• 12.
    Sharyn (Torm) said…

    photoshop is definitely a foreign language..but whatever you did with it, it looks totally cool. just don’t convert totally to digi, k? We pasters would be devestated.

  • 13.
    Laura said…

    Hi, Cool and beautiful layout!! I am new to your blog but not your work. I discovered Two Peas in 2004 and you were the first garden girl I clicked on to see what the whole site was all about and needless to say I LOVE your work and that site. It really got me scrapbooking more. I am an artist/graphic designer but never really “scrapbooked” until my first child was was born in April 2004. I live in Indiana and SO WISH I could have made it to CKU in Chicago but getting ready to have my second child (on Friday!) and well let’s say too much of everything going on right now, and that darn event just sells out to quick!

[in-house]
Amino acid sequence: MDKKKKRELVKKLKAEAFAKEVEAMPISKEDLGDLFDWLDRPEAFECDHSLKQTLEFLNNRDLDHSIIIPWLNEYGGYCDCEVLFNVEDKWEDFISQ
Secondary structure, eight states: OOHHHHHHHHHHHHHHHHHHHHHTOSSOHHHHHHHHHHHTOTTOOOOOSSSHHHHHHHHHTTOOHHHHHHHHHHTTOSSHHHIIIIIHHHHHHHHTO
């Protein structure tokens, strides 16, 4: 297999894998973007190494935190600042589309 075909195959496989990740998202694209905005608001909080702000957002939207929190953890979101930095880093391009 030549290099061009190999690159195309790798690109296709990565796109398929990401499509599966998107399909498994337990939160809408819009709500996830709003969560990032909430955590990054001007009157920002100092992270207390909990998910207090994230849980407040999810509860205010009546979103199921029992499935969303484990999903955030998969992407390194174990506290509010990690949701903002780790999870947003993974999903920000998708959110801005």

Also loved your christmas layout of the square punches of all your cards! Great idea that I must steal because like you I just don’t NEED to keep all my Christmas cards!
    Take care
    God Bless
    Laura Clemons

  • 14.
    jen said…

    ok…so you are totally inspiring me to finally dig into my photoshop program…although i think i will need a photoshop translation book for everything you just explained! LOL! :-)

  • 15.
    Flo said…

    So cool! Ain’t I lucky one of my friends just finished a photoshop course — may have to ask her for lessons :-)

  • 16.
    Amanda Mankin said…

    Love love love this! It totally makes me want to do more about growth and how we change over the years, how Joy transcends time and we smile and grin at every stage of our lives. :) Thanks for sharing this!!